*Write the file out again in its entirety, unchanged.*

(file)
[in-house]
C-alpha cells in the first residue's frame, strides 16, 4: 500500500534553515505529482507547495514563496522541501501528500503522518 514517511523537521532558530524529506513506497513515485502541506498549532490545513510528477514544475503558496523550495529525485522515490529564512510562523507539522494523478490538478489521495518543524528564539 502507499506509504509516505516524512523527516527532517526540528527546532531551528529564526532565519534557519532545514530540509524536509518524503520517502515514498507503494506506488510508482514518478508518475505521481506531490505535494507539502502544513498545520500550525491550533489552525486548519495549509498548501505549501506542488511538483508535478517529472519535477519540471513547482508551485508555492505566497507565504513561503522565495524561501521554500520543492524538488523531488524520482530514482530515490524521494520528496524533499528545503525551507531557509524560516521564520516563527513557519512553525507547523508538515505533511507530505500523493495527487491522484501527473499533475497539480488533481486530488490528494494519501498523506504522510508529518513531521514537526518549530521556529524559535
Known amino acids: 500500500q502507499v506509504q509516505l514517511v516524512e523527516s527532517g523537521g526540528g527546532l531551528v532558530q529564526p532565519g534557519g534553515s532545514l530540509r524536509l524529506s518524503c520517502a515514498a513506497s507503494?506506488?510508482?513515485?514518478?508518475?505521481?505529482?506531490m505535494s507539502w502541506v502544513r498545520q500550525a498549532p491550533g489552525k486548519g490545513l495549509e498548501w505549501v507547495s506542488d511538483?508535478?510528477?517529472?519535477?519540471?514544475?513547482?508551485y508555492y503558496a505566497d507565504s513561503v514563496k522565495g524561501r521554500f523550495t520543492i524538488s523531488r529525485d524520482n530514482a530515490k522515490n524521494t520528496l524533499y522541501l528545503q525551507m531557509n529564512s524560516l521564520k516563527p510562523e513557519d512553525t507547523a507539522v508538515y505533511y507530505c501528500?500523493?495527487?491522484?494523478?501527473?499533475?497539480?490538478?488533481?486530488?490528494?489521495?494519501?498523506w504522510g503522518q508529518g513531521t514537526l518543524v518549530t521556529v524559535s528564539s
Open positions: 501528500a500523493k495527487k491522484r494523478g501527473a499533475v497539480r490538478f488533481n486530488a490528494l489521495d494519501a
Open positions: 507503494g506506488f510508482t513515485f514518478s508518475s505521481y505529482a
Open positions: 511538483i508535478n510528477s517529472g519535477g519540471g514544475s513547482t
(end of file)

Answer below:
[in-house]
C-alpha cells in the first residue's frame, strides 16, 4: 500500500534553515505529482507547495514563496522541501501528500503522518 514517511523537521532558530524529506513506497513515485502541506498549532490545513510528477514544475503558496523550495529525485522515490529564512510562523507539522494523478490538478489521495518543524528564539 502507499506509504509516505516524512523527516527532517526540528527546532531551528529564526532565519534557519532545514530540509524536509518524503520517502515514498507503494506506488510508482514518478508518475505521481506531490505535494507539502502544513498545520500550525491550533489552525486548519495549509498548501505549501506542488511538483508535478517529472519535477519540471513547482508551485508555492505566497507565504513561503522565495524561501521554500520543492524538488523531488524520482530514482530515490524521494520528496524533499528545503525551507531557509524560516521564520516563527513557519512553525507547523508538515505533511507530505500523493495527487491522484501527473499533475497539480488533481486530488490528494494519501498523506504522510508529518513531521514537526518549530521556529524559535
Known amino acids: 500500500q502507499v506509504q509516505l514517511v516524512e523527516s527532517g523537521g526540528g527546532l531551528v532558530q529564526p532565519g534557519g534553515s532545514l530540509r524536509l524529506s518524503c520517502a515514498a513506497s507503494?506506488?510508482?513515485?514518478?508518475?505521481?505529482?506531490m505535494s507539502w502541506v502544513r498545520q500550525a498549532p491550533g489552525k486548519g490545513l495549509e498548501w505549501v507547495s506542488d511538483?508535478?510528477?517529472?519535477?519540471?514544475?513547482?508551485y508555492y503558496a505566497d507565504s513561503v514563496k522565495g524561501r521554500f523550495t520543492i524538488s523531488r529525485d524520482n530514482a530515490k522515490n524521494t520528496l524533499y522541501l528545503q525551507m531557509n529564512s524560516l521564520k516563527p510562523e513557519d512553525t507547523a507539522v508538515y505533511y507530505c501528500?500523493?495527487?491522484?494523478?501527473?499533475?497539480?490538478?488533481?486530488?490528494?489521495?494519501?498523506w504522510g503522518q508529518g513531521t514537526l518543524v518549530t521556529v524559535s528564539s
Open positions: 501528500a500523493k495527487k491522484r494523478g501527473a499533475v497539480r490538478f488533481n486530488a490528494l489521495d494519501a
Open positions: 507503494g506506488f510508482t513515485f514518478s508518475s505521481y505529482a
Open positions: 511538483i508535478n510528477s517529472g519535477g519540471g514544475s513547482t